Photo: Peter Blasl

Peconic Bay Medical Center in Riverhad has implemented revised, stricter protocols to protect its patients and staff and is preparing “surge capacity” to deal with an influx of coronavirus patients, top hospital officials told RiverheadLOCAL in an interview this afternoon.

The hospital has not had any confirmed positives of infection with the novel coronavirus yet, said PBMC president and CEO Andrew Mitchell.

“We do have a couple of people in isolation we’re still evaluating,” he said. They have been tested for COVID-19 and are awaiting the results.

Mitchell and PBMC’s deputy executive director Amy Loeb both said in an interview today that the hospital is well positioned to deal with a surge in patients that may come as a result of the spread of COVID-19.

PBMC just completed construction of a new critical care tower. It has all of its approvals and a temporary C.O. and will occupy the new space next week, Mitchell said. That will free up existing intensive care beds.

The Corey Critical Care Pavilion includes a “shell space” built to accommodate a future emergency department expansion. The hospital is preparing to use that space for patient triage and additional capacity for the emergency department, if necessary, to handle any patient surge, Loeb said.

See update: Anticipating coronavirus patients, PBMC is hastily building supplemental emergency room

Emergency declarations by President Donald Trump and Gov. Andrew Cuomo have made it possible for hospitals to deploy temporary spaces for patient care to answer increased demands as a result of the spread of coronavirus infection.

“We are very focused on the cluster out in the Southold-Greenport area and we’re monitoring it closely,” Mitchell said today.

As of midday today there were 11 confirmed novel coronavirus infections in the Town of Southold, including infections in three employees at Peconic Landing, a retirement community in Greenport.

School districts in Southold Town will be closed next week.

Southold Town Supervisor Scott Russell on Thursday declared a state of emergency, canceling all public meetings, hearings and town-sponsored programs until further notice and closing all town offices to the public.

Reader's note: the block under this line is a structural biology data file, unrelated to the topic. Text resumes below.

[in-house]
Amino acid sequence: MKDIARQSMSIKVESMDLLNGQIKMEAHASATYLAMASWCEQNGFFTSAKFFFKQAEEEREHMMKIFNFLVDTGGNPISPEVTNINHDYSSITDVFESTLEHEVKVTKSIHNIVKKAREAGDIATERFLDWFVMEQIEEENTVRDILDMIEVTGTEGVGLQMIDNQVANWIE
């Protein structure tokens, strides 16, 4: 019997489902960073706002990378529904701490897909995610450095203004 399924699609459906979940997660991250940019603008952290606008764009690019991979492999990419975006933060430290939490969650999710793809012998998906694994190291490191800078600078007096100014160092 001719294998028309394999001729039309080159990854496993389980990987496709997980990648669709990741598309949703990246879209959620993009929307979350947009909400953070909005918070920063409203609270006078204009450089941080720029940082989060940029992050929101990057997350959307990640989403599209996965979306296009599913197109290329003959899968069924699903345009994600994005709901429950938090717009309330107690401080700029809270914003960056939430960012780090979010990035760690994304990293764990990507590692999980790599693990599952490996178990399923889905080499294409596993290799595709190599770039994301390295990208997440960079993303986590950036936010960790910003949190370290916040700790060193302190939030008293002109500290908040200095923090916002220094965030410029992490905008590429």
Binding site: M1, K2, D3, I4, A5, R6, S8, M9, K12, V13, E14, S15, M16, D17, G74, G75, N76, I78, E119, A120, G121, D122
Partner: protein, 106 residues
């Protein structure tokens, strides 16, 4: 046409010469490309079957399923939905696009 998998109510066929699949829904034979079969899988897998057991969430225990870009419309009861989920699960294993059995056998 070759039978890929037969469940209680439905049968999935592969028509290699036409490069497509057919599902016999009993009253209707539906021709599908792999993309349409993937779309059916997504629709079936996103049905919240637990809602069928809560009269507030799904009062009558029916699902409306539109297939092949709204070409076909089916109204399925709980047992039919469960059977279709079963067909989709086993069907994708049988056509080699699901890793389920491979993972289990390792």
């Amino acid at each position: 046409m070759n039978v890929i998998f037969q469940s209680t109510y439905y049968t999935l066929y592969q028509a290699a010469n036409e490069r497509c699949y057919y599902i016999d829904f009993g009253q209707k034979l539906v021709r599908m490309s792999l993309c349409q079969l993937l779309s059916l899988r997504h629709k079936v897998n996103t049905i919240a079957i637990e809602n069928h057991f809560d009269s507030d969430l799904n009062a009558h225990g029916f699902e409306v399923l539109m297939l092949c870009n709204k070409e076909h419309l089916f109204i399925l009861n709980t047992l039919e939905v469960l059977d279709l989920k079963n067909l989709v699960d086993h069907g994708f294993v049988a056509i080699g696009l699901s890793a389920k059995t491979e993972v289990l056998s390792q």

Riverhead Town Supervisor Yvette Aguiar issued a state of emergency Thursday evening, also canceling public meetings, town programs and two community events, including the Jamesport St. Patrick’s Day parade scheduled for March 28. She also closed town buildings to the public. Riverhead has not yet had a confirmed case of the infection, though the towns to its east and west have.

“We’ve been working closely in conjunction with the various town leaders,” Loeb said. “Our emergency command center is operational as is Northwell’s.”

Visiting at the hospital has been significantly curtailed.

Only one visitor at a time per patient is now permitted on the regular patient floors and in the intensive care unit, Mitchell said. The visitor must be over age 18 and must be masked, he said. Visiting hours have been cut back to 12-4 p.m. daily.

No visitors are allowed for any patient in isolation, for any patient in the surgical areas of the hospital, or for any patient in the PBMC skilled nursing facility, Mitchell said.

Family members of patients undergoing surgery can wait in the lobby waiting area but must wear masks, Loeb said.

No visitors are allowed in the emergency department, with the exception of pediatric patients, who will be able to have one masked adult over 18 with them, Loeb said.

All hospital staff must wear masks now as well.

Access to the hospital has been restricted to two entrances: the emergency department and the main entrance.

People seeking to enter the hospital’s main entrance are screened before even stepping into the building, Mitchell said. Hospital staff positioned outside the building ask questions about the person’s health, the health of known contacts, and recent travel. Once cleared to enter, they are greeted by a security guard for more screening.

If cleared to go upstairs, the visitor is given a sticker that says “I’ve been screened,” Loeb said.

“Visiting hours are all subject to change as things evolve,” she said.

The hospital “census” — the number of beds occupied is “high-normal” at 110, Mitchell said. The hospital is currently certified at 140 beds.

The hospital is prepared to cancel elective surgeries if necessary, as the governor has discussed, but for now it is still doing them and plans to continue until receiving any guidance to the contrary, Mitchell said.

Meanwhile, amid all of the changes and preparations for what could be an unprecedented demand on hospital services, representatives of the Joint Commission, a national hospital accrediting agency, arrived this week to conduct a rigorous, multi-day inspection of the medical center, Mitchell said.

“It’s a very robust survey against thousands of conditions,” Loeb said.

“We had zero infection control findings,” Mitchell said.

Loeb said the representatives said the survey was “extraordinary” and said they were impressed.

“It’s a tribute to our staff,” Loeb said.

“And it’s good to know that, as we’re preparing to deal with this potential public health crisis in our region, we’ve just gotten a perfect result like that for infection control,” Mitchell said.

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